Wednesday, October 19, 2022

The Jesus Incident by Frank Herbert and Bill Ransom

Herbert’s best world-building since Dune
The Jesus Incident
, published in 1979, is the sequel to Frank Herbert’s novel Destination: Void. In that earlier novel, a spaceship from Earth departs the solar system to colonize another star system. In The Jesus Incident, that ship has arrived at the planet of Pandora, making this novel the first in a Pandora trilogy, followed by The Lazarus Effect and The Ascension Factor. The three Pandora novels are a collaboration between Herbert and poet Bill Ransom.

In Destination: Void, the space travelers were tasked with creating not just an artificial intelligence but an artificial consciousness. In doing so, they inadvertently created a being with godlike powers. Unknown centuries have passed since the end of that last book. Their creation, Ship, seems to be omniscient. Unlike the Christian God, Ship isn’t shy about speaking directly to his subjects—straight into their minds, in fact. Ship’s powers also seem to inexplicably border on omnipotence. He captures humans from different worlds and brings them to Pandora, where he watches them act out experiments in civilization. He demands that his humans figure out how to “worShip” him, but so far no one has successfully solved that riddle. While many humans live in orbit within Ship, many others work to establish a colony on the surface of Pandora. The planet presents a harsh environment populated by savage and terrifying creatures. One species, however, the electrokelp of the planet’s oceans, shows promising signs of intelligence and may hold the key to worShip.

Though probably coincidental, there are some uncanny similarities between The Jesus Incident and the movie Avatar, which also takes place on a planet called Pandora. In Avatar, the two leads have sex by communing with the neural network of an intelligent tree. The electrokelp of Herbert’s Pandora serves the same purpose. Similarly, in both Pandoras all species in nature, from the beautiful to the savage, are connected by a universal mind that allows the apex species (tree or kelp) to influence the actions of all flora and fauna. This sort of Taoist or pantheistic conception of nature imparts an ecological message to both sci-fi narratives. Also, in both cases the hero demonstrates the unusual ability to ride a native creature by establishing a psychological rapport with it, which also calls to mind Paul Atreides riding the sandworms of Herbert’s Dune.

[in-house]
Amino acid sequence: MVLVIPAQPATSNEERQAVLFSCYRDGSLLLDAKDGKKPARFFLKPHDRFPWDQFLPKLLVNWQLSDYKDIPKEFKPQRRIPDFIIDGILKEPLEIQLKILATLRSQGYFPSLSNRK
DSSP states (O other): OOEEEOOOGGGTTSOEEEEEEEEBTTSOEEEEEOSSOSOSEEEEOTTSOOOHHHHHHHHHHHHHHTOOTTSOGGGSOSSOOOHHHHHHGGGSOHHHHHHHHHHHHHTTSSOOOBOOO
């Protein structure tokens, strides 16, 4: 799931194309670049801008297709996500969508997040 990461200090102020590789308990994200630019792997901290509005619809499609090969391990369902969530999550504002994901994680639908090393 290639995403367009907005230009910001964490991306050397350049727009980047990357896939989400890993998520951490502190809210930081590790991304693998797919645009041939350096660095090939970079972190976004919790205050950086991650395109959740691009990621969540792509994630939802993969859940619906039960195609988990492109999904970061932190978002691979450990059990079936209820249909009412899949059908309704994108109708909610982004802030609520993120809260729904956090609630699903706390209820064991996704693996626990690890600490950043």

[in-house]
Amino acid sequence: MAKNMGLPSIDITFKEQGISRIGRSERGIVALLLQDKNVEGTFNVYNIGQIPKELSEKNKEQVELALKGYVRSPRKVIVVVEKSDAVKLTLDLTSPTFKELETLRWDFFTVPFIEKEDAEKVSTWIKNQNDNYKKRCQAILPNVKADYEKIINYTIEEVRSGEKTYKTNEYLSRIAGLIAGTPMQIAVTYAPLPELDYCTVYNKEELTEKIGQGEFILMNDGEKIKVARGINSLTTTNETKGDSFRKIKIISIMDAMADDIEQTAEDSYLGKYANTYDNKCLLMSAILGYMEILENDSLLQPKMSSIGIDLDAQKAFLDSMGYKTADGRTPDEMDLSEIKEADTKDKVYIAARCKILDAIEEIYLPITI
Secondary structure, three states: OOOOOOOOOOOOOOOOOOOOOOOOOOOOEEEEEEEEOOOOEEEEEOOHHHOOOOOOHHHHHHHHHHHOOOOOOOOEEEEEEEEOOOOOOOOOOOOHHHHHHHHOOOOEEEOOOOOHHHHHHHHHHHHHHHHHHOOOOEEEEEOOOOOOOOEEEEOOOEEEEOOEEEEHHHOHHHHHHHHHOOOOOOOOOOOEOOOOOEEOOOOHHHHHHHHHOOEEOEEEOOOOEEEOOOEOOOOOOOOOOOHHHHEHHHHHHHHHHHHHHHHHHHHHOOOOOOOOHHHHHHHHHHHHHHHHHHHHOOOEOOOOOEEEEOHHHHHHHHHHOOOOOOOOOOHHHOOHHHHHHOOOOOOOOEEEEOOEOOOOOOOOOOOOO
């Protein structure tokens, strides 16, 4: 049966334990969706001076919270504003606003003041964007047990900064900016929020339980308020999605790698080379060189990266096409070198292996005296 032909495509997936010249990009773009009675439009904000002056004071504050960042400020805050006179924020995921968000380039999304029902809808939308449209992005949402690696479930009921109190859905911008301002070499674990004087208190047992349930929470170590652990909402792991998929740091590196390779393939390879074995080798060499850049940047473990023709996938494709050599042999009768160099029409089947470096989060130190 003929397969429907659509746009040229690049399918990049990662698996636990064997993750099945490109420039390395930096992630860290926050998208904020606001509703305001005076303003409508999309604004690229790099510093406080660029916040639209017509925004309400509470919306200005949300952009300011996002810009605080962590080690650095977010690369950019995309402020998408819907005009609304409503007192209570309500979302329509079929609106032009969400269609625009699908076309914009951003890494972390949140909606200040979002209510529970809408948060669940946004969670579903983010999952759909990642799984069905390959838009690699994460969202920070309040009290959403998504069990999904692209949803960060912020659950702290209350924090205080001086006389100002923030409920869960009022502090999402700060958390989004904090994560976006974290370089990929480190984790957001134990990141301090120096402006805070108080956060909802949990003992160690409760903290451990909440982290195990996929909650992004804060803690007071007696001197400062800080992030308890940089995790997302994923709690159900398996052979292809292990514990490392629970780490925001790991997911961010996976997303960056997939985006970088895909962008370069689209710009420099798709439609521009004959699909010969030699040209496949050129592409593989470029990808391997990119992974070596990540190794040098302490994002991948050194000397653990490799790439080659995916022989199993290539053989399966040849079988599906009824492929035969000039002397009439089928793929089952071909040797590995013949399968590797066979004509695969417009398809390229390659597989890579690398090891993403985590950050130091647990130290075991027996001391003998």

The Jesus Incident suffers from a pacing problem. The book is 69 chapters long, and for many of those chapters, not a whole lot happens. In chapter 69, however, everything happens, and it all happens so fast it’s difficult to figure out what exactly happened. The connection to Jesus in The Jesus Incident feels tenuous and forced. It almost seems as if Herbert came up with the title of the book first, and then had to find some way of incorporating Christ into the story. Of course, we know from Dune that Herbert is fascinated with messiahs and saviors, and he continues investigating such phenomena here. Omniscience is another favorite theme of Herbert’s, but for an ability that should be unique and amazing he sure does bestow it upon a lot of characters.

Despite all the religious subject matter, The Jesus Incident isn’t so much about Ship as it is about the humans battling each other for dominance over Pandora. In that sense, it is a lot like Dune in that it presents a psychological chess match between multiple parties with diverse self-interests. As a fictional universe, Pandora is not up to the complexity and ingenuity of Dune, but the multi-volume arc allows Herbert to delve into world-building to an extent unparalleled in his stand-alone novels. Dune fans will find much to enjoy in The Jesus Incident, but those unfamiliar with Herbert may be put off by the weird spiritual mysticism of Ship and Pandora.
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